NY governor signs bill mandating troopers wear body cameras

Troopers must wear them at all times and turn them on any time they are interacting with the public or responding to a call

Denis Slattery
New York Daily News

ALBANY, N.Y. — Gov. Cuomo signed legislation Tuesday requiring New York State Police officers to wear body cameras while on patrol.

The measure is one of several sweeping police reforms passed by the Democrat-led Legislature last week in the wake of widespread protests against police brutality and racism.

“The relationship between law enforcement and the communities they serve isn’t working,” the governor said. “New York is the progressive capital of the nation, and we are leading the way by enacting real reforms to increase transparency in policing, promote accountability among our law enforcement agencies and ultimately mend that frayed relationship between the police and the community.”

Under the new law, state troopers must wear body cameras and turn them on any time they are interacting with the public or responding to a call.

Cuomo also signed a separate measure creating the “Law Enforcement Misconduct Investigative Office” within the state Department of Law.

The unit will review, study, audit and make recommendations to police agencies to help increase public safety and protect civil liberties and civil rights.

Lawmakers approved a total of 10 police reform bills last week as civil unrest engulfed the nation over the death of George Floyd, a black man killed in Minneapolis when a white police officer knelt on his neck for nearly nine minutes.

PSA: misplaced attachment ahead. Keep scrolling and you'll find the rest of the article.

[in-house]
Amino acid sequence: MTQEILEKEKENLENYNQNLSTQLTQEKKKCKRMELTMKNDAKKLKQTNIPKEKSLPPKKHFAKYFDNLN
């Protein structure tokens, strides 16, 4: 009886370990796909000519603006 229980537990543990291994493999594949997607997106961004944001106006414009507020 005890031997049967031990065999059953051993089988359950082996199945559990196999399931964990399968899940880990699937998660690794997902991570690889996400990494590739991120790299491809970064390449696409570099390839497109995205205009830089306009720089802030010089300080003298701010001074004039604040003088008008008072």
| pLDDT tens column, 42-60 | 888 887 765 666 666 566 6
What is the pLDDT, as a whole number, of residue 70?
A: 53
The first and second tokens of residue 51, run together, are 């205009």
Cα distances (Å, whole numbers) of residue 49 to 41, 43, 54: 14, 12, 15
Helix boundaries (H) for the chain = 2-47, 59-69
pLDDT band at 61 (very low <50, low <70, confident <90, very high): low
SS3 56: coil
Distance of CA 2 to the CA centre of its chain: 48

On Friday, Cuomo signed four of those bills into law, including one repealing a statute known as 50-a that helped police departments shield officers’ disciplinary records.

Other measures already signed by the governor include a ban on police chokeholds like the one used on Eric Garner, a black man who died on Staten Island in 2014 when a then-NYPD officer used the maneuver on him, and a bill outlawing false race-based 911 calls.

Bills mandating cops report within six hours of discharging their gun and ensuring anyone in custody has access to either medical and mental health assistance were also signed by Cuomo on Monday.

During a briefing at the Capitol earlier Tuesday, the governor stressed his belief that an executive order signed last week requiring local police departments to implement community-engaged police reforms by April 1 of next year — or risk losing state funding — will lead to change.

“We have 289 days to do the legislation on a local level, and once you have the legislation and you have a relationship that works for both parties, you can have reconciliation,” Cuomo said. “But this has to be done, and it has to be done community by community."

McClatchy-Tribune News Service

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